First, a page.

• Some weeds burn easily and are the first to invade an area after the fire has been through it
  • Some weeds germinate and grow fast before native plants can establish
  • Some weeds change landscapes dramatically, for example, from native tussock grassland to pine forest
  • Some weeds form a floating mass in or on top of rivers, streams and lakes, killing plants and fish, and blocking waterways and water intakes
    • E.g. Hornwort, Alligator weed

There are some other resources that will help you identify weeds if you don’t find them here on the Kiwicare Problem Solver. Take a specimen (including the stem and leaves, and if possible flowers or fruit) a plastic bag to your Dept. of Conservation (DOC) office or regional council. Be careful when taking plant samples not to damage the plant itself. There may also be local experts in your community who can help you identify weeds that are a problem in your area. Note: some native plants can be mistaken for weeds.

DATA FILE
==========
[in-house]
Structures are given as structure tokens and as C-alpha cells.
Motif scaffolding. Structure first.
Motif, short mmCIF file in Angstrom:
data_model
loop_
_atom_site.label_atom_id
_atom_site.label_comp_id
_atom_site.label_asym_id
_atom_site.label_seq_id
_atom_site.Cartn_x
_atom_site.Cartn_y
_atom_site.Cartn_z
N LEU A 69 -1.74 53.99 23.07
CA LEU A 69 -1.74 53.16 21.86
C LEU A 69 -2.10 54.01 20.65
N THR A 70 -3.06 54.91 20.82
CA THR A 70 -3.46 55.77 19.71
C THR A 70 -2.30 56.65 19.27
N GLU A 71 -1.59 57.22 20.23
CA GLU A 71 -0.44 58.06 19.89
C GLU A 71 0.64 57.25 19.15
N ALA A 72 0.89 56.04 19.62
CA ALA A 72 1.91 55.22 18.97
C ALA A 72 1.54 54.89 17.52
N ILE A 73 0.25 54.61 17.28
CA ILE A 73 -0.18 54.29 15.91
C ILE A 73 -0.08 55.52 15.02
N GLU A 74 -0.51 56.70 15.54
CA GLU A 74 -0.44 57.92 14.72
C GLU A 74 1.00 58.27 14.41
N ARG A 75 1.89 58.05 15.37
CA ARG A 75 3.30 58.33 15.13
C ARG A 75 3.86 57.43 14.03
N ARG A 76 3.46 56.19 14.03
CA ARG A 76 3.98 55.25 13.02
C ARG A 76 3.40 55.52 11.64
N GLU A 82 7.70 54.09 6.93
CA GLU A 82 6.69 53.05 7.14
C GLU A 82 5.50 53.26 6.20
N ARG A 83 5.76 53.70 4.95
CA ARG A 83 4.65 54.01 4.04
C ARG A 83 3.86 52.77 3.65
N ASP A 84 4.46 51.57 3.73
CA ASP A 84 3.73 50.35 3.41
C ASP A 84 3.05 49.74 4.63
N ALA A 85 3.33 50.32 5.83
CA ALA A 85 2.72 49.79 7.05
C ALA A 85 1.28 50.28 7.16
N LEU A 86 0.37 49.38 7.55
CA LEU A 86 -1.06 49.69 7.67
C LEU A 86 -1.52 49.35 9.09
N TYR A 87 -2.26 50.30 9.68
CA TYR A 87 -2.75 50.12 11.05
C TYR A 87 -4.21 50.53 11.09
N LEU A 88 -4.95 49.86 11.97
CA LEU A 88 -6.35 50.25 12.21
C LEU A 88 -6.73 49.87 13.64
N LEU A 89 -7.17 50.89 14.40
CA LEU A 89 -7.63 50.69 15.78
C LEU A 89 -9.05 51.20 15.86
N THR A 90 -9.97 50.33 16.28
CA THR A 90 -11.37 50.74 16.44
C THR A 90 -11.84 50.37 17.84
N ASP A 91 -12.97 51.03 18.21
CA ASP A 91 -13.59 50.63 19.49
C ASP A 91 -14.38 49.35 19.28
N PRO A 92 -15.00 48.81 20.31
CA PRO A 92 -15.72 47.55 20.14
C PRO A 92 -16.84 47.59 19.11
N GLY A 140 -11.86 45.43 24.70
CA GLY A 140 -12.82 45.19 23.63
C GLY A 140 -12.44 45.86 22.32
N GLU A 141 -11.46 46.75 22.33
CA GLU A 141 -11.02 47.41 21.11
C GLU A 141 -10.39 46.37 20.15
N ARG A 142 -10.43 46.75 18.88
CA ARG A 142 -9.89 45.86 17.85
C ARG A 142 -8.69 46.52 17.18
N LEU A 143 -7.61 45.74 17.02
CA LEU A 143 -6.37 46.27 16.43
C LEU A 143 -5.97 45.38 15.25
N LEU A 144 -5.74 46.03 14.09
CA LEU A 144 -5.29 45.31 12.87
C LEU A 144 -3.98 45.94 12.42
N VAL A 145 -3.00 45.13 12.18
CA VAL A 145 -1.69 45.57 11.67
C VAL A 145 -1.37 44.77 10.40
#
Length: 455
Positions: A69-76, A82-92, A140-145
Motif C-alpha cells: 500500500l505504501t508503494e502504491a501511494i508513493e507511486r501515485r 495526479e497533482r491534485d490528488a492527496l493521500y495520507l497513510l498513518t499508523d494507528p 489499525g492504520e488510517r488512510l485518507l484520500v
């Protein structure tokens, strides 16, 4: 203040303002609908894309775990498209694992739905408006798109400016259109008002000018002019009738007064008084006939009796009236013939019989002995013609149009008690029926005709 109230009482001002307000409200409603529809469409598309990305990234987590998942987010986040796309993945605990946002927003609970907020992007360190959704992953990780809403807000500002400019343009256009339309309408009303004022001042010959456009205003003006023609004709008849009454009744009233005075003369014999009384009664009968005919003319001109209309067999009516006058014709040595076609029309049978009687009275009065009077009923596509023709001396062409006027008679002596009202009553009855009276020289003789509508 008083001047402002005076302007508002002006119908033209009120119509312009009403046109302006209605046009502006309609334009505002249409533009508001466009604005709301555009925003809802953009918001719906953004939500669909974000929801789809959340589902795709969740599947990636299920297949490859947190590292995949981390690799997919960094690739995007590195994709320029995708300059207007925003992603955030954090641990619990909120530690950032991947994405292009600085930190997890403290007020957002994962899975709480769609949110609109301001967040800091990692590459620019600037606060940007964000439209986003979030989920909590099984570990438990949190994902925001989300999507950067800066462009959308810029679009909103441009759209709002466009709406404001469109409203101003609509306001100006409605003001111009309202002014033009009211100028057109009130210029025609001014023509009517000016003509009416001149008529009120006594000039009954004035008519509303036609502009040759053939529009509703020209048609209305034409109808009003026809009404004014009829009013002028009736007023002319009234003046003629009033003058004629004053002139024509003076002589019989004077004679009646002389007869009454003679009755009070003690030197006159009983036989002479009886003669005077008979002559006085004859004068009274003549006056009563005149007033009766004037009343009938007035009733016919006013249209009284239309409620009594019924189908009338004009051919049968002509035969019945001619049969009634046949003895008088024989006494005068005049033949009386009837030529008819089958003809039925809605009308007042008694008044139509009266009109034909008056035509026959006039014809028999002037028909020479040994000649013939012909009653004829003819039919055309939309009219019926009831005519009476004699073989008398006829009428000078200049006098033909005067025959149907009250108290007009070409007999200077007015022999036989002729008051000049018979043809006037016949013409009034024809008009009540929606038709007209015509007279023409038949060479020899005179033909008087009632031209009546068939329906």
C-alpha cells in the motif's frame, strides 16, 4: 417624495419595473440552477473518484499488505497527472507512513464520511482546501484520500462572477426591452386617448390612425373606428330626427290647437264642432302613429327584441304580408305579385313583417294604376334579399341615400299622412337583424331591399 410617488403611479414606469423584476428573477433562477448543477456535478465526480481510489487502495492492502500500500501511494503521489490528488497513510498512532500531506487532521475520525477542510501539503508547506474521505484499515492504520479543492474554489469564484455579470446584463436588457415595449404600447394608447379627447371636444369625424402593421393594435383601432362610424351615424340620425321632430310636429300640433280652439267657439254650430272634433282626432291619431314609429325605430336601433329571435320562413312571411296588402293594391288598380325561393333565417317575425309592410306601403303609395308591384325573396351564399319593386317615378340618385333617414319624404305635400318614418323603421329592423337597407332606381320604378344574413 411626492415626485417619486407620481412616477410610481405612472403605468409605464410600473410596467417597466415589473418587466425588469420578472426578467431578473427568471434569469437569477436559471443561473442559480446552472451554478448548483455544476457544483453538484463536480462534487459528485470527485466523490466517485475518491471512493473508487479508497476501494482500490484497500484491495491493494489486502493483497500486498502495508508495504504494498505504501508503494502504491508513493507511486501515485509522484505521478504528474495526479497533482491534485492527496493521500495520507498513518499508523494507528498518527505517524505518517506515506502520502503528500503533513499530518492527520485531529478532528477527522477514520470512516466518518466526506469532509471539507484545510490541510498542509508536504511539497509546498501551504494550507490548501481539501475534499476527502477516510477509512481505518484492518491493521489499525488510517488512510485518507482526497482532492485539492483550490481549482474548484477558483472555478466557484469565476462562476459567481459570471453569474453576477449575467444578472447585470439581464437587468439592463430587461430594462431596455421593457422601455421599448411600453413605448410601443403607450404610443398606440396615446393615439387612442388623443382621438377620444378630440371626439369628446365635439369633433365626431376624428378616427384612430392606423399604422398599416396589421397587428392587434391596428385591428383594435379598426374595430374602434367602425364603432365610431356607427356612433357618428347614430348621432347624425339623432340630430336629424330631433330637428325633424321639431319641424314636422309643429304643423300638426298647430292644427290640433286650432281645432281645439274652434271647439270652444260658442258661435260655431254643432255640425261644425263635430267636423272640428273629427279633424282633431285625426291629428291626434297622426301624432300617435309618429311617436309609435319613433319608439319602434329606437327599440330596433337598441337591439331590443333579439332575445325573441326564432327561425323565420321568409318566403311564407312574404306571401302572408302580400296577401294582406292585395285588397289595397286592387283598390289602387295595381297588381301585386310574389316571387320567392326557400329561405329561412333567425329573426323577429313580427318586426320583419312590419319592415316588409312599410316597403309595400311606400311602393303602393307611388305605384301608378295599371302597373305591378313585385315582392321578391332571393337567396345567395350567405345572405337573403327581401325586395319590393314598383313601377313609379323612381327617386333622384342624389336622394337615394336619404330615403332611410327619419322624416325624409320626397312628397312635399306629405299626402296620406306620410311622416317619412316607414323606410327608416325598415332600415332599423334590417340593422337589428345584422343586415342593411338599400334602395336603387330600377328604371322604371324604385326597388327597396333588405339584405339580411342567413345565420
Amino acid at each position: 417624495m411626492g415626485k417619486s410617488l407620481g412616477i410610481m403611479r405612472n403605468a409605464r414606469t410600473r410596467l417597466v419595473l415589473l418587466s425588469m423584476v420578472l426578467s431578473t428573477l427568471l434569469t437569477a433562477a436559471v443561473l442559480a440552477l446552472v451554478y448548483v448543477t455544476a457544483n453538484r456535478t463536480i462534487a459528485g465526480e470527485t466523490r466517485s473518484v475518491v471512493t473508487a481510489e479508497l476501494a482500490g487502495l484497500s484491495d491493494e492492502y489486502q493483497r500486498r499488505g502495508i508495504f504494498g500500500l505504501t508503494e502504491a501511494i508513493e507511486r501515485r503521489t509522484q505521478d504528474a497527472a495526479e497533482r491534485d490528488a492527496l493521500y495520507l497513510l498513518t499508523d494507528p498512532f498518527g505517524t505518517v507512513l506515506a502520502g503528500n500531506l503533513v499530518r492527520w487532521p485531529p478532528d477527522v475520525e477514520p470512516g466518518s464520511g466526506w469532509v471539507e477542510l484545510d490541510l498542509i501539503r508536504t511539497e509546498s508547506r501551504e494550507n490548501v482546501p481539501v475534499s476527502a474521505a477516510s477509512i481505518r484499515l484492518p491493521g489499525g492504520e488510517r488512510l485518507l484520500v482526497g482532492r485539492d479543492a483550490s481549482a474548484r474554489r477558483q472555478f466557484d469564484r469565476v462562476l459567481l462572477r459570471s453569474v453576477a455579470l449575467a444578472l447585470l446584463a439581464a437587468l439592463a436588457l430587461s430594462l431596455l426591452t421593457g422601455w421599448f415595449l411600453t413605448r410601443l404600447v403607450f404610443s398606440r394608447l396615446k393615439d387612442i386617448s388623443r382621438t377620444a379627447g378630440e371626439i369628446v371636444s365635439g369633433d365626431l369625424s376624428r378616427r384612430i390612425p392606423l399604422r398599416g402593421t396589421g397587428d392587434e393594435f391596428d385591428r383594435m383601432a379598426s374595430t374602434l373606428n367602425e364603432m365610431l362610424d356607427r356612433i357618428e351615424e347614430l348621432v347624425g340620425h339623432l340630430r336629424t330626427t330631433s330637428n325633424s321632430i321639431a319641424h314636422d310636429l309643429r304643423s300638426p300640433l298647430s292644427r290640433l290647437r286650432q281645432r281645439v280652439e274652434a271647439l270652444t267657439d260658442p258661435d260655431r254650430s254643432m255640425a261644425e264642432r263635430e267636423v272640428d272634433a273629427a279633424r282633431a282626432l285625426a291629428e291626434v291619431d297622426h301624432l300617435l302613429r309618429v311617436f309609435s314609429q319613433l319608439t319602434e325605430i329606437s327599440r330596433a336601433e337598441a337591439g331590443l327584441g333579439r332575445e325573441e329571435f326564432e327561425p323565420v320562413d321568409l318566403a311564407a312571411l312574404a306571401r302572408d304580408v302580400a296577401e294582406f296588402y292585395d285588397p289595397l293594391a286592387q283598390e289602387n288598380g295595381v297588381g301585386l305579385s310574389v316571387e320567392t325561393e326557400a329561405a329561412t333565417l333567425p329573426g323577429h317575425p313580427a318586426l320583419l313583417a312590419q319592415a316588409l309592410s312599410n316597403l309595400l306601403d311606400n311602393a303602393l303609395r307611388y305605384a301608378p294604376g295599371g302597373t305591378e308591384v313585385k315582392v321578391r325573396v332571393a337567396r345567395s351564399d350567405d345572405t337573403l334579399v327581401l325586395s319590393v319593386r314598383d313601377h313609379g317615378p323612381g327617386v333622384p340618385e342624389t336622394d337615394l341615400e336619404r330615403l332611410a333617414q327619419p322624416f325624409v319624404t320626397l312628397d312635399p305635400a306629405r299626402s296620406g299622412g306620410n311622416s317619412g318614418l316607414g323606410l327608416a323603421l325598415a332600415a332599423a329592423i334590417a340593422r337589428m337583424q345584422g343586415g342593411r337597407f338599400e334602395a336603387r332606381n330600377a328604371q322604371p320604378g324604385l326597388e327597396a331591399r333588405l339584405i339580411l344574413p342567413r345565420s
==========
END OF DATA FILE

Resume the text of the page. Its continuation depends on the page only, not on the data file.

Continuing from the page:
The best way to stop weeds is to prevent them from establishing in the first place. Be careful about what you do with your garden waste. By dumping garden rubbish in the wrong place, you may encourage new weed infestations. Destroy garden waste by composting completely, disposal in council green waste or, where permitted, burning.

If you see any suspicious-looking plants in natural areas note the precise location of the plants and tell your local DOC or regional council.


Controlling invasive weeds will protect the environment and help prevent further spreading of weeds.

Before you start any weed control work there are some important things you need to think about:

  • Get permission - If the weeds are not on your property, get permission from the owner before you do any work.
  • Get advice – Identify the weeds and plan what you want to plant in their place if that is appropriate. Use the Kiwicare Problem Solver to find out what control method works on the weeds you want to tackle. Plan your control and disposal methods before you start to avoid any unnecessary movement of plants that could spread seeds or fragments that could grow.